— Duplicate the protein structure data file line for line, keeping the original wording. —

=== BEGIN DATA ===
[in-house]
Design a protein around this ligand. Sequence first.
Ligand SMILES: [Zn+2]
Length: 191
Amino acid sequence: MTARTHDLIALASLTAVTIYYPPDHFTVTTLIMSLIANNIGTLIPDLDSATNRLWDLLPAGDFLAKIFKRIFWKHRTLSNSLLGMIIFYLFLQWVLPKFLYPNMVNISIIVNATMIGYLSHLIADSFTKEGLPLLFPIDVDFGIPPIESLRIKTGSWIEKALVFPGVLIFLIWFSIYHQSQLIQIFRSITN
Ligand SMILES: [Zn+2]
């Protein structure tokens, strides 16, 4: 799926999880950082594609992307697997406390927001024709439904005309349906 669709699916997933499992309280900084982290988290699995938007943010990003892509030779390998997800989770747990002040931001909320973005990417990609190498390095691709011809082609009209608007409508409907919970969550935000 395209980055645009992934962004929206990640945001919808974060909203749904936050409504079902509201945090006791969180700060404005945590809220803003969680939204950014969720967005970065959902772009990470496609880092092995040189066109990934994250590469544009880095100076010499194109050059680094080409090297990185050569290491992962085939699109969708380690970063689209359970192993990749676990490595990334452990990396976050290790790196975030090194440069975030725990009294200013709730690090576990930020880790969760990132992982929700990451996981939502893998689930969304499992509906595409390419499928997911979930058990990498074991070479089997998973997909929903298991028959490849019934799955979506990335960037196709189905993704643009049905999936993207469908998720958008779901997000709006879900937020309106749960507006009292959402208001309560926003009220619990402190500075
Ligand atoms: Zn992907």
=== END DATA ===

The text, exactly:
[in-house]
Design a protein around this ligand. Sequence first.
Ligand SMILES: [Zn+2]
Length: 191
Amino acid sequence: MTARTHDLIALASLTAVTIYYPPDHFTVTTLIMSLIANNIGTLIPDLDSATNRLWDLLPAGDFLAKIFKRIFWKHRTLSNSLLGMIIFYLFLQWVLPKFLYPNMVNISIIVNATMIGYLSHLIADSFTKEGLPLLFPIDVDFGIPPIESLRIKTGSWIEKALVFPGVLIFLIWFSIYHQSQLIQIFRSITN
Ligand SMILES: [Zn+2]
């Protein structure tokens, strides 16, 4: 799926999880950082594609992307697997406390927001024709439904005309349906 669709699916997933499992309280900084982290988290699995938007943010990003892509030779390998997800989770747990002040931001909320973005990417990609190498390095691709011809082609009209608007409508409907919970969550935000 395209980055645009992934962004929206990640945001919808974060909203749904936050409504079902509201945090006791969180700060404005945590809220803003969680939204950014969720967005970065959902772009990470496609880092092995040189066109990934994250590469544009880095100076010499194109050059680094080409090297990185050569290491992962085939699109969708380690970063689209359970192993990749676990490595990334452990990396976050290790790196975030090194440069975030725990009294200013709730690090576990930020880790969760990132992982929700990451996981939502893998689930969304499992509906595409390419499928997911979930058990990498074991070479089997998973997909929903298991028959490849019934799955979506990335960037196709189905993704643009049905999936993207469908998720958008779901997000709006879900937020309106749960507006009292959402208001309560926003009220619990402190500075
Ligand atoms: Zn992907």